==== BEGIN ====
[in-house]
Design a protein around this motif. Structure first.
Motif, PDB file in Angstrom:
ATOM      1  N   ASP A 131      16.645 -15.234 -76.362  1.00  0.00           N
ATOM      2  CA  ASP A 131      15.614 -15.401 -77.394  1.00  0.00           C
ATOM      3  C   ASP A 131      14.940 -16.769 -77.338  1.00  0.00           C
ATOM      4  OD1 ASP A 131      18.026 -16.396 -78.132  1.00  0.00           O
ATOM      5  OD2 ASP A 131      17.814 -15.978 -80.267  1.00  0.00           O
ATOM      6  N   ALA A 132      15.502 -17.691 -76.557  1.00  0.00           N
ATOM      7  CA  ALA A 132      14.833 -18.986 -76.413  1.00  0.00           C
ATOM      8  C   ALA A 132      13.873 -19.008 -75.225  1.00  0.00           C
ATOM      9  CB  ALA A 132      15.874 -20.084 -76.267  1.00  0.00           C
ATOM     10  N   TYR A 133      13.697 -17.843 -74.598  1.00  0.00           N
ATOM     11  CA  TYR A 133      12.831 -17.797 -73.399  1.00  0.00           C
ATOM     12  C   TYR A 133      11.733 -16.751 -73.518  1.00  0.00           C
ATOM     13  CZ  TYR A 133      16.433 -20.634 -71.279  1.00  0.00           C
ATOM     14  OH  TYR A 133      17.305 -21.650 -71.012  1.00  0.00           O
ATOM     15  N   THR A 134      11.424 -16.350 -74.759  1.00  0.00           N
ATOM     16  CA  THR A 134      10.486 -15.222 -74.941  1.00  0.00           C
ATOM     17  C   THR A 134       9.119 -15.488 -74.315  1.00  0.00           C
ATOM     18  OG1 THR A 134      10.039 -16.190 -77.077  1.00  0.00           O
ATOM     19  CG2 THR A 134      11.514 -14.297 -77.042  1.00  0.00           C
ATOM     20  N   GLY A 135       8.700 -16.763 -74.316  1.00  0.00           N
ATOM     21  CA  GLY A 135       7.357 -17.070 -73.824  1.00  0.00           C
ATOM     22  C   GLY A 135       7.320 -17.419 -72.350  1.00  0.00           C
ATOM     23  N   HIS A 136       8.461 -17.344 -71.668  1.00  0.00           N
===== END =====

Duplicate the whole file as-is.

[in-house]
Design a protein around this motif. Structure first.
Motif, PDB file in Angstrom:
ATOM      1  N   ASP A 131      16.645 -15.234 -76.362  1.00  0.00           N
ATOM      2  CA  ASP A 131      15.614 -15.401 -77.394  1.00  0.00           C
ATOM      3  C   ASP A 131      14.940 -16.769 -77.338  1.00  0.00           C
ATOM      4  OD1 ASP A 131      18.026 -16.396 -78.132  1.00  0.00           O
ATOM      5  OD2 ASP A 131      17.814 -15.978 -80.267  1.00  0.00           O
ATOM      6  N   ALA A 132      15.502 -17.691 -76.557  1.00  0.00           N
ATOM      7  CA  ALA A 132      14.833 -18.986 -76.413  1.00  0.00           C
ATOM      8  C   ALA A 132      13.873 -19.008 -75.225  1.00  0.00           C
ATOM      9  CB  ALA A 132      15.874 -20.084 -76.267  1.00  0.00           C
ATOM     10  N   TYR A 133      13.697 -17.843 -74.598  1.00  0.00           N
ATOM     11  CA  TYR A 133      12.831 -17.797 -73.399  1.00  0.00           C
ATOM     12  C   TYR A 133      11.733 -16.751 -73.518  1.00  0.00           C
ATOM     13  CZ  TYR A 133      16.433 -20.634 -71.279  1.00  0.00           C
ATOM     14  OH  TYR A 133      17.305 -21.650 -71.012  1.00  0.00           O
ATOM     15  N   THR A 134      11.424 -16.350 -74.759  1.00  0.00           N
ATOM     16  CA  THR A 134      10.486 -15.222 -74.941  1.00  0.00           C
ATOM     17  C   THR A 134       9.119 -15.488 -74.315  1.00  0.00           C
ATOM     18  OG1 THR A 134      10.039 -16.190 -77.077  1.00  0.00           O
ATOM     19  CG2 THR A 134      11.514 -14.297 -77.042  1.00  0.00           C
ATOM     20  N   GLY A 135       8.700 -16.763 -74.316  1.00  0.00           N
ATOM     21  CA  GLY A 135       7.357 -17.070 -73.824  1.00  0.00           C
ATOM     22  C   GLY A 135       7.320 -17.419 -72.350  1.00  0.00           C
ATOM     23  N   HIS A 136       8.461 -17.344 -71.668  1.00  0.00           N